order to create the Annualized Loss Expectancy (ALE), it is occasionally used by itself
to describe a disastrous event for a Business Impact Assessment (BIA).
Annualized Rate of Occurrence (ARO)
The ARO is a number that represents the estimated frequency in which a threat is
expected to occur. The range for this value can be from 0.0 (never) to a large number
(for minor threats, such as misspellings of names in data entry). How this number is
derived can be very complicated. It is usually created based upon the likelihood of the
event and number of employees that could make that error occur. The loss incurred by
this event is not a concern here, only how often it does occur.
For example, a meteorite damaging the data center could be estimated to occur
only once every 100,000 years, and will have an ARO of .00001. Whereas 100 data entry
operators attempting an unauthorized access attempt could be estimated at six times a
year per operator, and will have an ARO of 600.
Annualized Loss Expectancy (ALE)
The ALE, a dollar value, is derived from the following formula:
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Table 1.3 Risk Analysis Formulas
CONCEPT DERIVATION FORMULA
Exposure Factor (EF) % of asset loss caused by threat.
Single Loss Expectancy (SLE) Asset Value Exposure Factor (EF).
Annualized Rate of Occurrence (ARO) Frequency of threat occurrence per year.
Annualized Loss Expectancy (ALE) Single Loss Expectancy (SLE) Annualized
Rate of Occurrence (ARO).
Single Loss Expectancy (SLE) Annualized Rate of Occurrence (ARO) ALE
In other words, an ALE is the annually expected financial loss to an organization
from a threat. For example, a threat with a dollar value of $100,000 (SLE) that is
expected to happen only once in 1,000 years (ARO of .001) will result in an ALE of
$100. This helps to provide a more reliable cost versus benefit analysis. Remember
that the SLE is derived from the asset value and the Exposure Factor (EF). Table 1.3
shows these formulas.
Overview of Risk Analysis
We will now discuss the four basic elements of the Risk Analysis process:
1. Quantitative Risk Analysis
2. Qualitative Risk Analysis
3. Asset Valuation Process
4. Safeguard Selection
Quantitative Risk Analysis
The difference between quantitative and qualitative RA is fairly simple: Quantitative
RA attempts to assign independently objective numeric values (hard dollars, for exam-
ple) to the components of the risk assessment and to the assessment of potential
losses. Qualitative RA addresses more intangible values of a data loss, and focuses on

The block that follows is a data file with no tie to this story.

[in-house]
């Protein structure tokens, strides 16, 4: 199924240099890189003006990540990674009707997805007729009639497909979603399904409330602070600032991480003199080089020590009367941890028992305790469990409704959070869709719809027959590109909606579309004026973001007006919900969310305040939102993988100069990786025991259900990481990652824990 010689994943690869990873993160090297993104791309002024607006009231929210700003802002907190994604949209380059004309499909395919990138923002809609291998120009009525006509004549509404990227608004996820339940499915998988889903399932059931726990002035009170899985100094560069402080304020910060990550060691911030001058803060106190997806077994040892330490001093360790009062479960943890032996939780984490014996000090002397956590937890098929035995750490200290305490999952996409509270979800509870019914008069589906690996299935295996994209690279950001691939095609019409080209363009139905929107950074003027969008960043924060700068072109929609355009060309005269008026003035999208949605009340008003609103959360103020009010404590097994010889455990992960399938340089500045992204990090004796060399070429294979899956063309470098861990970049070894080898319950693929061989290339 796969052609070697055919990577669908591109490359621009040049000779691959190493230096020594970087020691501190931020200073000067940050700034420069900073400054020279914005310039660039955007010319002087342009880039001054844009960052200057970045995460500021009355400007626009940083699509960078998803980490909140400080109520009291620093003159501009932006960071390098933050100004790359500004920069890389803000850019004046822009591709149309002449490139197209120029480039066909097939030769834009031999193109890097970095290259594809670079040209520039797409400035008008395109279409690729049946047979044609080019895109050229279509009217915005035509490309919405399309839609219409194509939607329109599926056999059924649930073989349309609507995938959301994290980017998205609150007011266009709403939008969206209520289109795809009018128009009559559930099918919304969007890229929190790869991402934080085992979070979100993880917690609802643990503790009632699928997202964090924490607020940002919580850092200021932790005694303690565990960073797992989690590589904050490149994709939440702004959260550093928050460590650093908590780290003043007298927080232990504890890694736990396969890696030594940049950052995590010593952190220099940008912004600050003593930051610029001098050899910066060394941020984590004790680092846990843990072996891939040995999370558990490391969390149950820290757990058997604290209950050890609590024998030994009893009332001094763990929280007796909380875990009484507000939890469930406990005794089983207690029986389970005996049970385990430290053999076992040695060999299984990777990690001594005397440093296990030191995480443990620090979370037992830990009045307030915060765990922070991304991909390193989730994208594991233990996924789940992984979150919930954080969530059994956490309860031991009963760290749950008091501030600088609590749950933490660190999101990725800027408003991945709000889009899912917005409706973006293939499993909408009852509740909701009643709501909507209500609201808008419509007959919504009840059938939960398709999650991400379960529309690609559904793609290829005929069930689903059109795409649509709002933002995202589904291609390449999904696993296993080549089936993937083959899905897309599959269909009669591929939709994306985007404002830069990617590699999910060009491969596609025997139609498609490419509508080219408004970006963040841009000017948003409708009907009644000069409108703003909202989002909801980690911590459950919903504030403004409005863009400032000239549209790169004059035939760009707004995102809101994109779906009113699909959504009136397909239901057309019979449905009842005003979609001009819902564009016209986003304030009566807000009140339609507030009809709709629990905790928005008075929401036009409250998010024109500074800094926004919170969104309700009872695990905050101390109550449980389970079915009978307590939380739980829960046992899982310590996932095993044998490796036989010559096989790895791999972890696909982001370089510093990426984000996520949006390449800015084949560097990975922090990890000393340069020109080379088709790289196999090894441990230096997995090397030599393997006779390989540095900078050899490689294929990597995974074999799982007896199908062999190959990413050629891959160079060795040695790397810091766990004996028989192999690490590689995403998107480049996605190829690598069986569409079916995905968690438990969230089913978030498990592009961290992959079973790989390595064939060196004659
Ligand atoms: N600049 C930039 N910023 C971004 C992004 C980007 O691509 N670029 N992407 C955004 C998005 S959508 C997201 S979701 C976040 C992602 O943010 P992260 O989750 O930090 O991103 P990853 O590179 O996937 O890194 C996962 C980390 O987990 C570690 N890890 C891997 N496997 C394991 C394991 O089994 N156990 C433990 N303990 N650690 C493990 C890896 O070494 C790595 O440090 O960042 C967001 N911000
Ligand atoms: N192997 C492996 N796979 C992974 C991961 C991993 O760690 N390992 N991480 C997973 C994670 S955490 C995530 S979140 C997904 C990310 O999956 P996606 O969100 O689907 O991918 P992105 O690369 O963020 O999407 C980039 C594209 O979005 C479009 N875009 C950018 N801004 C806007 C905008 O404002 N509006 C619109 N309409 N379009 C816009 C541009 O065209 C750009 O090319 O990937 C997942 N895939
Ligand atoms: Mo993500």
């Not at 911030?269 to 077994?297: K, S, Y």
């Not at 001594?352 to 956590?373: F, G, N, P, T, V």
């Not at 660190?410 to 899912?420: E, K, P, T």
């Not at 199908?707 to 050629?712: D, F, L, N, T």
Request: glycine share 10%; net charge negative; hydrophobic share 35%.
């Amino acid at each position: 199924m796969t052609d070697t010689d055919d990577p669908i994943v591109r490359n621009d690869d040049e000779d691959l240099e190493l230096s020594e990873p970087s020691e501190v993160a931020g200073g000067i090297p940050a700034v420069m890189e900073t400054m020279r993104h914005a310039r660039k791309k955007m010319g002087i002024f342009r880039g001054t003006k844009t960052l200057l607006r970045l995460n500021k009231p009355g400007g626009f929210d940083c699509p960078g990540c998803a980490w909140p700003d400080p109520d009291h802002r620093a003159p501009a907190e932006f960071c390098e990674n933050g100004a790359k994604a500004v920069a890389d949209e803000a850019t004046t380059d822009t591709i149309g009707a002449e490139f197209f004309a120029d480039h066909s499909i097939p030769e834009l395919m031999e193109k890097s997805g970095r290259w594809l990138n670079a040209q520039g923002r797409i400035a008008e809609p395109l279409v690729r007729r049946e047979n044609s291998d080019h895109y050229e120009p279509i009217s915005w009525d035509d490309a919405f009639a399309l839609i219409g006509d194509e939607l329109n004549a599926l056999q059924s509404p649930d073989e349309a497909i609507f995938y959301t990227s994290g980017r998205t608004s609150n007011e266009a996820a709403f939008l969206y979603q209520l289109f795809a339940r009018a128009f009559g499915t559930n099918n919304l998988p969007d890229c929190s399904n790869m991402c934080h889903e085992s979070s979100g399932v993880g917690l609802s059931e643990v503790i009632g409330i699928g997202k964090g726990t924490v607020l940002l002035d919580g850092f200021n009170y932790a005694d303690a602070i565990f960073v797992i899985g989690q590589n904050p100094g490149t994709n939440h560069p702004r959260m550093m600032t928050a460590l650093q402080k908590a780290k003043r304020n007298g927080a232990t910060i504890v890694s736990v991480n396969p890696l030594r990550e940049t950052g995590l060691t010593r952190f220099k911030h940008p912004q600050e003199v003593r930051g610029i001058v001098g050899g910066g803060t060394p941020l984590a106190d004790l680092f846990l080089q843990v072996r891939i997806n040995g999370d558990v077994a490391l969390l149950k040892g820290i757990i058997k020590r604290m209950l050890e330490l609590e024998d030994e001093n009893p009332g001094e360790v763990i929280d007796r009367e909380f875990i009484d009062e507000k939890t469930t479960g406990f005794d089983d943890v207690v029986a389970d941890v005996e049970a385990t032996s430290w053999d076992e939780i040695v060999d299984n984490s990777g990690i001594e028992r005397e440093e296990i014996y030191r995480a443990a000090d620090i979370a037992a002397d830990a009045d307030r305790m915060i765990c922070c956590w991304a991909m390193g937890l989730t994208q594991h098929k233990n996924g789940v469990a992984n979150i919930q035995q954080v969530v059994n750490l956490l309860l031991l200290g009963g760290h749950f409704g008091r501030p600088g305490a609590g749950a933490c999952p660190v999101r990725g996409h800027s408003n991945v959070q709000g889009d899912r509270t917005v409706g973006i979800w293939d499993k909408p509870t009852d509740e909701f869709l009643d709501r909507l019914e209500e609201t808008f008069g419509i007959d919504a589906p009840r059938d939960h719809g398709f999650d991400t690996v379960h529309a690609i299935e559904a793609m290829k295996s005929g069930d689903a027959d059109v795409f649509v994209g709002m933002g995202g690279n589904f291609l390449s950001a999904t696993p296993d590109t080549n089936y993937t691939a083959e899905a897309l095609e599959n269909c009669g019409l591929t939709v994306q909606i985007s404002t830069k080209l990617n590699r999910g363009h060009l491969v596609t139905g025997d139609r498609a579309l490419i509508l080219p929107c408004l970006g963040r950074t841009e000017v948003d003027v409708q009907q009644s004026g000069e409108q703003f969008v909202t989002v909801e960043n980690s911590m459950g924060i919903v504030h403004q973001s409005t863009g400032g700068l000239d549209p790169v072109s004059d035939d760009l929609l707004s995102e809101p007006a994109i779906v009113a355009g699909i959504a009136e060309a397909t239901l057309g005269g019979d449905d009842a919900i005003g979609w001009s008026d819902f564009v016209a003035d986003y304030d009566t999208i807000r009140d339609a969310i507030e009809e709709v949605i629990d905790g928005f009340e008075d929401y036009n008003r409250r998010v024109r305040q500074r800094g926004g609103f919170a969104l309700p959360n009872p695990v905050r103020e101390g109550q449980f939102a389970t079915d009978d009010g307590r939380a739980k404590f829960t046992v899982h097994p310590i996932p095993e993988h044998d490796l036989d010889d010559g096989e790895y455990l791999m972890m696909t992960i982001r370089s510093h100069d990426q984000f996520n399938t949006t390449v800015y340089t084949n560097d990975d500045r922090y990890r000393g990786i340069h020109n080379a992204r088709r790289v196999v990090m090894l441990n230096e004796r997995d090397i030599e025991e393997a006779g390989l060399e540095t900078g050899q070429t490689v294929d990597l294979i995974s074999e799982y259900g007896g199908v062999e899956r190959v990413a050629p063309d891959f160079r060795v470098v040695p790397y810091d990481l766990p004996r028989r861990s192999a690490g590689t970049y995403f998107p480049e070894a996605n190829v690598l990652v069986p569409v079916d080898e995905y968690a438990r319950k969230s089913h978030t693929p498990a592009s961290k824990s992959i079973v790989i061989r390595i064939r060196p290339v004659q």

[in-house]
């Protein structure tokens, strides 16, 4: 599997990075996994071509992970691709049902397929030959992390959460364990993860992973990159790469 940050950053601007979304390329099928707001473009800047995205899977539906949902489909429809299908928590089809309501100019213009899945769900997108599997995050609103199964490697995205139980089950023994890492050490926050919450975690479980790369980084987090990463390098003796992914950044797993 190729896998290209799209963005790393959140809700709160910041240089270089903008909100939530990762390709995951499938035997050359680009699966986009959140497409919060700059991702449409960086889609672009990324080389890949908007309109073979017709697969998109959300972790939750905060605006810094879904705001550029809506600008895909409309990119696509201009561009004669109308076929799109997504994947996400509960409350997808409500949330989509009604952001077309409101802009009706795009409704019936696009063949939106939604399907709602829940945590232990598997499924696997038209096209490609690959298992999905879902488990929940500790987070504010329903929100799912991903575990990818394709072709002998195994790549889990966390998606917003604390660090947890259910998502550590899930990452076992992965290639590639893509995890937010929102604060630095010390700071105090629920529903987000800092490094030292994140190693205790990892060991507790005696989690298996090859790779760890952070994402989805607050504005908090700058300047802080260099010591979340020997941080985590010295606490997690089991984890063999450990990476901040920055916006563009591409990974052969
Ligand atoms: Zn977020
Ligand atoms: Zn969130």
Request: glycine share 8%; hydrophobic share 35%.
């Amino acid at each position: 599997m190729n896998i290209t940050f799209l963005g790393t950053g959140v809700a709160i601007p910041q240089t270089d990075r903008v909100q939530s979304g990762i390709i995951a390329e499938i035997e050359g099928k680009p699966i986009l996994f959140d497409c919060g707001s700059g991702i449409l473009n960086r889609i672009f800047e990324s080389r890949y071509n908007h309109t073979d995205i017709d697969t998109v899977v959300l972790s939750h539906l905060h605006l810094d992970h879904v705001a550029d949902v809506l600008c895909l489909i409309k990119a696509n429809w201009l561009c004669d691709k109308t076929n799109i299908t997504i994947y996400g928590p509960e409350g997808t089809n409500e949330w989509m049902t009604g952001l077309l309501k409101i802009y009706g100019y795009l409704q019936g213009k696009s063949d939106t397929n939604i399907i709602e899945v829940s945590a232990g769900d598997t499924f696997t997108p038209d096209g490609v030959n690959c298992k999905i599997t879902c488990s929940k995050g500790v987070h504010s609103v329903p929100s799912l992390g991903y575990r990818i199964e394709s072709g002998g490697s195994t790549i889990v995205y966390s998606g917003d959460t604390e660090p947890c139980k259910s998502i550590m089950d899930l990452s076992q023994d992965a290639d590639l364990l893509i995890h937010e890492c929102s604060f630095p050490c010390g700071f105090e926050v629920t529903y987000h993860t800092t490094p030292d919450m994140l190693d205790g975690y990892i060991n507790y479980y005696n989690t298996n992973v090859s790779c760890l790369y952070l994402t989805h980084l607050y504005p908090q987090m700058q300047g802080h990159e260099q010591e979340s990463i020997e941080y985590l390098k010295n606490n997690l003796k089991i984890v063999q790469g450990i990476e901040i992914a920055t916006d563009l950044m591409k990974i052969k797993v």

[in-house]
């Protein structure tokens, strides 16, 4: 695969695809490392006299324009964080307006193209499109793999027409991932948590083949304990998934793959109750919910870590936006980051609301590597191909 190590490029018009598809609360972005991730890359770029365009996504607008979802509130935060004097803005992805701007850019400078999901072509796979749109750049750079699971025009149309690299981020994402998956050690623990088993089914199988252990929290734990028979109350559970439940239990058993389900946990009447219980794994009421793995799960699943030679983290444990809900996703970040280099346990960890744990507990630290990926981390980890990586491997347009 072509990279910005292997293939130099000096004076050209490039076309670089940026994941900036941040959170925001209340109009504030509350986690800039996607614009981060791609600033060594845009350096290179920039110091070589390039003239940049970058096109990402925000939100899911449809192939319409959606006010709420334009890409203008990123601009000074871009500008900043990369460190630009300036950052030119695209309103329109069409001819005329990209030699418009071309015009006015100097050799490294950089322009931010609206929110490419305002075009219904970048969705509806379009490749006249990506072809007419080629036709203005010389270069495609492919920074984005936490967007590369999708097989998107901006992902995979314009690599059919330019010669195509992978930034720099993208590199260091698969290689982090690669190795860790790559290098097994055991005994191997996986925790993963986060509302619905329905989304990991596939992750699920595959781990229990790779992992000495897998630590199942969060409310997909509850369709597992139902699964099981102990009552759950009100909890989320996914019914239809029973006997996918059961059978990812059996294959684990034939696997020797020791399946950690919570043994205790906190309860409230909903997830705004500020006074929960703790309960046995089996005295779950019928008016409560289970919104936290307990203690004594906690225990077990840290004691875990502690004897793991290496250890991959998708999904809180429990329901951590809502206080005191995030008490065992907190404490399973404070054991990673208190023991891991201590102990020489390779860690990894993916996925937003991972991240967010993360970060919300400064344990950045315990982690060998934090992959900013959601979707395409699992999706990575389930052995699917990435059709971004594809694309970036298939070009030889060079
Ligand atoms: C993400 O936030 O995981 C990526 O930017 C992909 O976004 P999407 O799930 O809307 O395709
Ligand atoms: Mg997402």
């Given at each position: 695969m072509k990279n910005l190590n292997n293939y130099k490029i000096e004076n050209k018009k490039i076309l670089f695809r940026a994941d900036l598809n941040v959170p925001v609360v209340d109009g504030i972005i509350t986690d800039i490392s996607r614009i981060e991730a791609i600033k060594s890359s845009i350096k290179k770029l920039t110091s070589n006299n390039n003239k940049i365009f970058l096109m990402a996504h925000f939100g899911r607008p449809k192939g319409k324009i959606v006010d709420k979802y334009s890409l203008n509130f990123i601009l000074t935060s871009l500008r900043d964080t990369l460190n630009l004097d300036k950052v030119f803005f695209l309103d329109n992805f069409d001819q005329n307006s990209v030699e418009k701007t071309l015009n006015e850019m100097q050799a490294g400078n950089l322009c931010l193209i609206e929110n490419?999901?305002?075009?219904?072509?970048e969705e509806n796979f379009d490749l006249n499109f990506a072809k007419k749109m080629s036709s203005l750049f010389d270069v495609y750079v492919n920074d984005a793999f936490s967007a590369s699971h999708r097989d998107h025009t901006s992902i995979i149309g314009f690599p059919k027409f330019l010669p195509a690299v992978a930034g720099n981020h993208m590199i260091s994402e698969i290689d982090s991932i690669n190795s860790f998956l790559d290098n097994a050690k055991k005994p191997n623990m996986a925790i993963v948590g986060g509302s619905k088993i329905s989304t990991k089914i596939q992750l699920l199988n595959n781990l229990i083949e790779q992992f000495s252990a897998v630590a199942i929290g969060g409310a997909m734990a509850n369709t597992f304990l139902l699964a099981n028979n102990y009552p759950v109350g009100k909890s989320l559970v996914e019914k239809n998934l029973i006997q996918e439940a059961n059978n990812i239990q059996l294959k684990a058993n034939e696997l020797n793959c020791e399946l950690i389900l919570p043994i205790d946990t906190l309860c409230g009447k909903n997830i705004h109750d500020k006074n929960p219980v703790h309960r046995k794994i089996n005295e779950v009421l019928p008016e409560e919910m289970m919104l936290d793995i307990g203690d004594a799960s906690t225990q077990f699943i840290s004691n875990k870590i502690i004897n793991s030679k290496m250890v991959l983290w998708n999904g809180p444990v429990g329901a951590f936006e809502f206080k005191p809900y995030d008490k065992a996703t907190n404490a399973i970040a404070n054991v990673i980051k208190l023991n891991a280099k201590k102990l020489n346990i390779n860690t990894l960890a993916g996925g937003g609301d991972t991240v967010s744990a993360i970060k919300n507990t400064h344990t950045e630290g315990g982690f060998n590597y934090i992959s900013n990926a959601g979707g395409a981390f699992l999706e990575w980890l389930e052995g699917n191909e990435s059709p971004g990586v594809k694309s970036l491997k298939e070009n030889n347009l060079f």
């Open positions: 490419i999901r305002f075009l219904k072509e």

the other issues, rather than the pure hard costs.
When all elements (asset value, impact, threat frequency, safeguard effectiveness, safe-
guard costs, uncertainty, and probability) are measured, rated, and assigned values, the
process is considered to be fully quantitative. However, fully quantitative risk analysis is
not possible because qualitative measures must be applied. Thus, the reader should be
aware that just because the figures look hard on paper does not mean it is possible to fore-
tell the future with any certainty.
A quantitative risk analysis process is a major project, and as such it requires a proj-
ect or program manager to manage the main elements of the analysis. A major part of
the initial planning for the quantitative RA is the estimation of the time required to
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perform the analysis. In addition, a detailed process plan must also be created, and
roles must be assigned to the RA team.
Preliminary Security Examination (PSE). A PSE is often conducted before the
actual quantitative RA. The PSE helps to gather the elements that will be needed when
the actual RA takes place. A PSE also helps to focus an RA. Elements that are defined
during this phase include asset costs and values, a listing of various threats to an orga-
nization (in terms of threats to both the personnel and the environment), and docu-
mentation of the existing security measures. The PSE is normally then subject to a
review by an organization’s management before the RA begins.
AUTOMATED RISK ANALYSIS PRODUCTS
There are several good automated risk analysis products on the market. The main objec-
tives of these products is to minimize the manual effort that must be expended to create
the risk analysis and to provide a company with the ability to forecast its expected losses
quickly with different input variations. The creation of a database during an initial auto-
mated process enables the operator to rerun the analysis using different parameters—to
create a what if scenario. These products enable the users to perform calculations quickly